Paige Latham Didora
Just when you think there couldn’t be any more altbier or amber for me to discuss…you’re wrong.
Northern Germany gets their own, too.
Compared to Dusseldorf Altbiers, the Northern variety are often slightly darker, sweeter, and more caramelly.
The BJCP guide says Northern Altbiers are “fairly bitter yet balanced by a smooth and sometimes sweet malt character that may have a rich, biscuity and/or lightly caramelly flavor. Dry finish often with lingering bitterness. Clean, lager character sometimes with slight sulfury notes and very low to no esters.”
I tried Vermont’s Long Trail Ale, my first Northern Altbier (knowingly), during one night out in Boston. It wasn’t particularly interesting or unusual, but it was very good.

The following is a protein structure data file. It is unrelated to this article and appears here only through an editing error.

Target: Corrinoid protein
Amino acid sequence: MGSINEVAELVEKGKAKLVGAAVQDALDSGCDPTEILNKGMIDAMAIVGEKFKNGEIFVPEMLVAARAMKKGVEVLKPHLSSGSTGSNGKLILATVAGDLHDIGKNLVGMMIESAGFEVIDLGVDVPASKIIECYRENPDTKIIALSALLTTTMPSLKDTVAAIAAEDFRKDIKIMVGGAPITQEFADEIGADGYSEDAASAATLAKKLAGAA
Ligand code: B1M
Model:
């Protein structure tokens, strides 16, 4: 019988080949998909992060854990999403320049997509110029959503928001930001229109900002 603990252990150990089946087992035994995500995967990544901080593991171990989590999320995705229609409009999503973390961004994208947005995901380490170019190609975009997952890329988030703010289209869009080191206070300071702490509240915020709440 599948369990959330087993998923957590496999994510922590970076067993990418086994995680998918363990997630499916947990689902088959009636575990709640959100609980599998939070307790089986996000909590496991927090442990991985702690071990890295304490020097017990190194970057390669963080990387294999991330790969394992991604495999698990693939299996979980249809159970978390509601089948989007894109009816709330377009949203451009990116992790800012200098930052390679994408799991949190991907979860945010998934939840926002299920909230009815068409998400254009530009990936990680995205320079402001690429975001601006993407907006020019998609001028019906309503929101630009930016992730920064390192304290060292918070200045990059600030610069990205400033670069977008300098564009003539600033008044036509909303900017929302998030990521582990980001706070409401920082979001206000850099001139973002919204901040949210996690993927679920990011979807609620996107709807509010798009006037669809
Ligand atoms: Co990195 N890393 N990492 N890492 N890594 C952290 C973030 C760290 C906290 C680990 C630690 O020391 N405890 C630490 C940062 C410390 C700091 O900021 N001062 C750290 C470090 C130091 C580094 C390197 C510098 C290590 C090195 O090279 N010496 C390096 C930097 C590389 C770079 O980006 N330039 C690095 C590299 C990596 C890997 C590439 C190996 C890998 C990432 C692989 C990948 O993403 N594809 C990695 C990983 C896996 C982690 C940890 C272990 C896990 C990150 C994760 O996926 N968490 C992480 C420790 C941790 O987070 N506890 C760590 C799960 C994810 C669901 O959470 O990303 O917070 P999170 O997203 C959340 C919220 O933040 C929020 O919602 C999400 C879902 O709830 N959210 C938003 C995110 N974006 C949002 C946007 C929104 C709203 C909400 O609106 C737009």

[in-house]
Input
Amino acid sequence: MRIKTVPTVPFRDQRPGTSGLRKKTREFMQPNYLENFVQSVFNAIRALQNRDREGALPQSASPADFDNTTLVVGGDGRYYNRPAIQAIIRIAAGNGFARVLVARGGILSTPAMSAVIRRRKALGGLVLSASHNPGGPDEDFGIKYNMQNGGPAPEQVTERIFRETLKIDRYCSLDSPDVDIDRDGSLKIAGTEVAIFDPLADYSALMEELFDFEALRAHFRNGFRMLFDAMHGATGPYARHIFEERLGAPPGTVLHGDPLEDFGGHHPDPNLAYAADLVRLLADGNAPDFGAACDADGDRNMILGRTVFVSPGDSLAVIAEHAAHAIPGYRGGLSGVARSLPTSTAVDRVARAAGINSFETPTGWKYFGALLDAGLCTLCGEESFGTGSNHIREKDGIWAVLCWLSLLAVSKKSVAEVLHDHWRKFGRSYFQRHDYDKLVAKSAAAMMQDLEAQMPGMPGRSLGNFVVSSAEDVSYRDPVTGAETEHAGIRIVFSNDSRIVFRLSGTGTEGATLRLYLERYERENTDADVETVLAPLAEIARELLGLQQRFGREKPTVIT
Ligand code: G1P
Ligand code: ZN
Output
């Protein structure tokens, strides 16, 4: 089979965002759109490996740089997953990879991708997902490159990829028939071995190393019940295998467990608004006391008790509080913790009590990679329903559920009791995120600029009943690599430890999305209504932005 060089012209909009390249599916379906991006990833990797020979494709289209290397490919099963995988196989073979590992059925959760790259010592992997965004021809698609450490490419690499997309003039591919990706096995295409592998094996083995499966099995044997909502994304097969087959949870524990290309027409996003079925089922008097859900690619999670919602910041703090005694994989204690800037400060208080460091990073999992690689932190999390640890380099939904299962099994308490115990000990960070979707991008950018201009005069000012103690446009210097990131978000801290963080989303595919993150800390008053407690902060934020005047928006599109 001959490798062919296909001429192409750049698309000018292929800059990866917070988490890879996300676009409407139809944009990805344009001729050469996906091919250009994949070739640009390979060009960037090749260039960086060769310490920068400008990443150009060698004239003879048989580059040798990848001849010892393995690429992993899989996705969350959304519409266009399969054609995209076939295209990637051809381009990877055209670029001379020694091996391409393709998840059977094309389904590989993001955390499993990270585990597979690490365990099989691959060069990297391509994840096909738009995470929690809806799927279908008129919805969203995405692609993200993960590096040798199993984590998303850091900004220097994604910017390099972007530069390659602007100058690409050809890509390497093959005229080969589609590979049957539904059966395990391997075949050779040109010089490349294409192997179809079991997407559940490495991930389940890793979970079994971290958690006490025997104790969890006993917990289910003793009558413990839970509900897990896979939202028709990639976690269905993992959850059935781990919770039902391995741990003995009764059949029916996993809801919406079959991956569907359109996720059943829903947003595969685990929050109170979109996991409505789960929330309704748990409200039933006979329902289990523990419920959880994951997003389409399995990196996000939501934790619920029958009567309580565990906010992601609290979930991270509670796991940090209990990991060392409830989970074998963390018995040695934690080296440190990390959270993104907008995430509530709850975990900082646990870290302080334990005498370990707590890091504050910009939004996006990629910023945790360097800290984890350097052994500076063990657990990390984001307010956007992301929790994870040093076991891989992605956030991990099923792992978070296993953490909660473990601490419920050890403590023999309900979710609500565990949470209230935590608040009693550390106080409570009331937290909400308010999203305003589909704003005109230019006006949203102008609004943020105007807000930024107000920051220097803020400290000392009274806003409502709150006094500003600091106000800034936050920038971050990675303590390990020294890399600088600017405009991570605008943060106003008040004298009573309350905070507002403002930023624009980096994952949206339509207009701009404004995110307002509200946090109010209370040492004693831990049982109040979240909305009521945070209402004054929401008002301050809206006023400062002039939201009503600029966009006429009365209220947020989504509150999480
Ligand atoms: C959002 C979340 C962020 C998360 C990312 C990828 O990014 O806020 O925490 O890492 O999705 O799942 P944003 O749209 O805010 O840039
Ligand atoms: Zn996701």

Alaskan Amber is one example of a well-known Northern Altbier. I tried it out of a bottle and absolutely loved it. The brew was perfect with my white bean and avocado soup, the hops cut the fat of the avocado and the sweet and bitter taste was a nice counterpoint to the spicy broth.
I had the beer again a few days later at the Nomad World Pub. Again, the balance is striking and the individual flavors come together very well.
This concludes my foray into Amber Hybrid Beer / category 7 with the exception of the California Common. But, this is definitely not the end of my enjoyment of the style. Try a few altbiers and you’re sure to find a new favorite…ask anyone – if I can learn to love amber beer, so can you.